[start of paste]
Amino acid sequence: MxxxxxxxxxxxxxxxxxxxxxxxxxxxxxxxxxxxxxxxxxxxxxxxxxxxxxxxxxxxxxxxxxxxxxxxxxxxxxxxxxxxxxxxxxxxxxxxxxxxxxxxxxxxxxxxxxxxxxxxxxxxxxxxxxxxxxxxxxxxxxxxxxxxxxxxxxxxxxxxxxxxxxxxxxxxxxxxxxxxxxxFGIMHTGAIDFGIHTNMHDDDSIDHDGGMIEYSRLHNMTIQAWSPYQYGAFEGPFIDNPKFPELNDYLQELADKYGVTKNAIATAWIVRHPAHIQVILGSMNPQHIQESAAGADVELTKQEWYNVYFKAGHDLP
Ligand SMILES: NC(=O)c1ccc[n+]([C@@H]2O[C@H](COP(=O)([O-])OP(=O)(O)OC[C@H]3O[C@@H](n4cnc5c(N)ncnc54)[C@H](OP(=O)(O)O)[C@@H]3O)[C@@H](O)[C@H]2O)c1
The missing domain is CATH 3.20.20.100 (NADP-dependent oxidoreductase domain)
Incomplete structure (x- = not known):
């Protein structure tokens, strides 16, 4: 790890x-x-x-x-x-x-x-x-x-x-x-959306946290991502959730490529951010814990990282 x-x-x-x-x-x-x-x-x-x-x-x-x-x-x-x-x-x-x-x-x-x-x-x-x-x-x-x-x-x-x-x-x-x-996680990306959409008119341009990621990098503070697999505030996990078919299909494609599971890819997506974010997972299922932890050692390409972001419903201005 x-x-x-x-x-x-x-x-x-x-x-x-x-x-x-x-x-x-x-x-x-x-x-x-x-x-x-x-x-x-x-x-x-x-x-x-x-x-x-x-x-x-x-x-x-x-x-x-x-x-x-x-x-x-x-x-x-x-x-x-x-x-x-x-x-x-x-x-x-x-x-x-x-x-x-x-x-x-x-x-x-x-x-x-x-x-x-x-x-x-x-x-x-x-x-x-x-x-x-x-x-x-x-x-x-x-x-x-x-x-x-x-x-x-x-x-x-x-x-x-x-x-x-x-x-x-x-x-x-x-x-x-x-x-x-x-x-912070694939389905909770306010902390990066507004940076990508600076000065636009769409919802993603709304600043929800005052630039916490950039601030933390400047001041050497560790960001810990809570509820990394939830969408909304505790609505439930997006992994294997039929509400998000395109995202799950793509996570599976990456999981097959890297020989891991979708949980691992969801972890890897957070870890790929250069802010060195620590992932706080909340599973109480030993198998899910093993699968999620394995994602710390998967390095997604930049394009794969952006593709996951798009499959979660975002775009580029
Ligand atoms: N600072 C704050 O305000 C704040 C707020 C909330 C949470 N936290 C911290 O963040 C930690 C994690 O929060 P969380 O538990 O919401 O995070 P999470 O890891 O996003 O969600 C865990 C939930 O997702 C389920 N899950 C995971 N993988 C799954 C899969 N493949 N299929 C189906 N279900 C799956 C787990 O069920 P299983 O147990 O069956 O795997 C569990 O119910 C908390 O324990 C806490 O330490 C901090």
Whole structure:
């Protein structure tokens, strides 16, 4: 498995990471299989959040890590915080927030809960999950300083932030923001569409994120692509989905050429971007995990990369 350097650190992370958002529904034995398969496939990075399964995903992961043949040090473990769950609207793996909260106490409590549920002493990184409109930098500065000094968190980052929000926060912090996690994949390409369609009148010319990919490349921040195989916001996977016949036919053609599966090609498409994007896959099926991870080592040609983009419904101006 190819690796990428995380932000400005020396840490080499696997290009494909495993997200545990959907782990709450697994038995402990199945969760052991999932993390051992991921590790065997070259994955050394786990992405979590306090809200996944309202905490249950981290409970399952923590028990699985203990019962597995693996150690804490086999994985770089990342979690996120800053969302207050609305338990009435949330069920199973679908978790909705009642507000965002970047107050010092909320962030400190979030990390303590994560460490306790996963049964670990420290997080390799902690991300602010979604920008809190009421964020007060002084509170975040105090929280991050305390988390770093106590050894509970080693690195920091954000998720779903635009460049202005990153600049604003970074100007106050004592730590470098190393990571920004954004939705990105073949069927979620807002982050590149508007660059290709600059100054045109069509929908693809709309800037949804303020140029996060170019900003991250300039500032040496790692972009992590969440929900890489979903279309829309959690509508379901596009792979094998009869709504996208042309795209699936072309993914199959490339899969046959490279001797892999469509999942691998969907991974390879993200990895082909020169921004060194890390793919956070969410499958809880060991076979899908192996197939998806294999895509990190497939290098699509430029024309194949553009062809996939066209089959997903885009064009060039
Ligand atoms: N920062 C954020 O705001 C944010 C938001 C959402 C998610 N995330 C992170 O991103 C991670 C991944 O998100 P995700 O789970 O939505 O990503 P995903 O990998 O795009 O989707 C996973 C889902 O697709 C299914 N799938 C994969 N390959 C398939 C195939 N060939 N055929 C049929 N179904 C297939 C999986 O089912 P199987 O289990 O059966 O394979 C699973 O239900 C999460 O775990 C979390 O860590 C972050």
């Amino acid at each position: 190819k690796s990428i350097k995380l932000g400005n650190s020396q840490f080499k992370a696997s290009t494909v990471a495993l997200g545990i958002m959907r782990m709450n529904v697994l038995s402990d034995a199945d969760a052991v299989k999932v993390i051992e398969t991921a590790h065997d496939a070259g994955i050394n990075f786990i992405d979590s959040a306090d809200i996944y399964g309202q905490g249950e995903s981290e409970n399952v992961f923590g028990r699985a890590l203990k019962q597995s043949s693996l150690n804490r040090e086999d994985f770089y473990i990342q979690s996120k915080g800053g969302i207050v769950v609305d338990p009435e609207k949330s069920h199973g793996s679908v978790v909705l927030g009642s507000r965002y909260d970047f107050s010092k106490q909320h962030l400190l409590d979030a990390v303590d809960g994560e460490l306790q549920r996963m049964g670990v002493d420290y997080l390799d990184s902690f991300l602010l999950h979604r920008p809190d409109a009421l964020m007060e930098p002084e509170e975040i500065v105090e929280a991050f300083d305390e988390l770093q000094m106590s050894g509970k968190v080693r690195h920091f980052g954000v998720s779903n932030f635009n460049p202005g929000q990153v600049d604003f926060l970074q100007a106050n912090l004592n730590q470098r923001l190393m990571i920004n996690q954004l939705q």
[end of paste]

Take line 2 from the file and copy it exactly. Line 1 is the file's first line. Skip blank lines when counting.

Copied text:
Ligand SMILES: NC(=O)c1ccc[n+]([C@@H]2O[C@H](COP(=O)([O-])OP(=O)(O)OC[C@H]3O[C@@H](n4cnc5c(N)ncnc54)[C@H](OP(=O)(O)O)[C@@H]3O)[C@@H](O)[C@H]2O)c1